In western culture, at least its American version, we are trained to be self-sufficient and independent. With technology and education, we can now pre-research our medical conditions before visiting our physician. We can quickly book our own travel, comparing more options than certified travel agents could two decades ago. We can take college classes in pajamas, sitting on our living room couch. We can look at our house from an airplane’s perspective—without a pilot.

We are evolving from continents of community to archipelagoes of autonomy.

Spiritually, this is seeping into the culture in our churches. Emphasis on private spiritual disciplines belittles the benefits of intimate, authentic community; and preachers miss that most of the New Testament is written to us in plural. When we struggle with our depravity, fear of judgmental reactions keep us from asking for help. When we get out of spiritual rhythm or discipline, we fear a loss of status to admit our needs and failures. We try to fix ourselves by ourselves. This myopia leads some to burn out, others to develop unhealthy views of God, others to live a double life.

But God created us for community. He exists in (triune) community. He spends the New Testament teaching how to infuse and implement community in our lives for the sake of our individual and collective benefit. The more we invite others into our spiritual lives, the more voices he has to speak Truth, encouragement, rebuke, and application into our hearts.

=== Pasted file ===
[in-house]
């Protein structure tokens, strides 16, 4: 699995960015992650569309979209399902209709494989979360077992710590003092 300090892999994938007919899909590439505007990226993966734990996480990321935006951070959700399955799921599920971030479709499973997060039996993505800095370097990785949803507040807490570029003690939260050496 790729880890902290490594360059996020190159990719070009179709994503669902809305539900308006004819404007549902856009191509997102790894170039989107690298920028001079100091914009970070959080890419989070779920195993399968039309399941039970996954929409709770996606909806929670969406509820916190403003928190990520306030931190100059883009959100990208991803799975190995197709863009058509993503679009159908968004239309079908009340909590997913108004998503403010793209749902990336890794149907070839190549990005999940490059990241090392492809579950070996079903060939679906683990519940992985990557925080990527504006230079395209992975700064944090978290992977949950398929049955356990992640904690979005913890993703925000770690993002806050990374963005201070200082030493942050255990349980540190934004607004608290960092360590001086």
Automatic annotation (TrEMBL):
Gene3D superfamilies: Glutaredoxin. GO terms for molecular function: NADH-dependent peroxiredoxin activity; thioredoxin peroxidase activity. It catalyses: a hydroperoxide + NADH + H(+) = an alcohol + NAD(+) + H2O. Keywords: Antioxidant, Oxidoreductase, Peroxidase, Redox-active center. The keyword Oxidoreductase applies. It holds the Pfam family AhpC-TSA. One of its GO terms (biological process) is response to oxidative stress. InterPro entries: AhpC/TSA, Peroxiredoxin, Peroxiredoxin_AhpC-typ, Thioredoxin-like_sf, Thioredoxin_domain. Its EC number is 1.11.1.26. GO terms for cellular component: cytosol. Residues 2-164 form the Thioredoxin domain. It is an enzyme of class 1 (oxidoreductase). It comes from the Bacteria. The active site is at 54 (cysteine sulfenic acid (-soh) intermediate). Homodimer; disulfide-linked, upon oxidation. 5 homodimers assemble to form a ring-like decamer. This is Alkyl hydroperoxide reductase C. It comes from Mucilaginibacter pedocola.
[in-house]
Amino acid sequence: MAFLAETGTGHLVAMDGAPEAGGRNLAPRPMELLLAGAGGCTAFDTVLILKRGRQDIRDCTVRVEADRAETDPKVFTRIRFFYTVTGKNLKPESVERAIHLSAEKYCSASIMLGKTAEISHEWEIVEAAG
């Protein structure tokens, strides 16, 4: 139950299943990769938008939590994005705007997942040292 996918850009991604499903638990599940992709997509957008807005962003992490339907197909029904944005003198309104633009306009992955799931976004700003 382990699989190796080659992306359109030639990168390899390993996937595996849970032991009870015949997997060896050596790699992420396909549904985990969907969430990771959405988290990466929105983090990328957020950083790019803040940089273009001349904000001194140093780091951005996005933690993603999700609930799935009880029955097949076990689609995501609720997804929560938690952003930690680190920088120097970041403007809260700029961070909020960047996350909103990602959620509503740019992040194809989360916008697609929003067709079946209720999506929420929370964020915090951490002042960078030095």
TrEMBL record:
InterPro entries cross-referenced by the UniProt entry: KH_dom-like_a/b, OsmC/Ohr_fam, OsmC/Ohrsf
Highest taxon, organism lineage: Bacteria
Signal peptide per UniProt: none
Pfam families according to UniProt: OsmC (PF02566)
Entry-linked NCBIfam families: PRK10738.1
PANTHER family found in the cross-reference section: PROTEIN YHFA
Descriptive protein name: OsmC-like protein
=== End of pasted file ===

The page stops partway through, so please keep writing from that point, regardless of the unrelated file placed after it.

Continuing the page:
[footer]Photo used by permission with purchase from iStockPhoto.com[/footer]

27: Buying Credibility to Build the Expert Brand

Advertorial Bill BryantFor at least as long as I’ve been in advertising, press releases have long been classified as “free press.”  The danger of free press is that, sometimes, you get what you pay for.  You can do all the right things with your press release and it still may not get published—at least through the key media on which you were relying.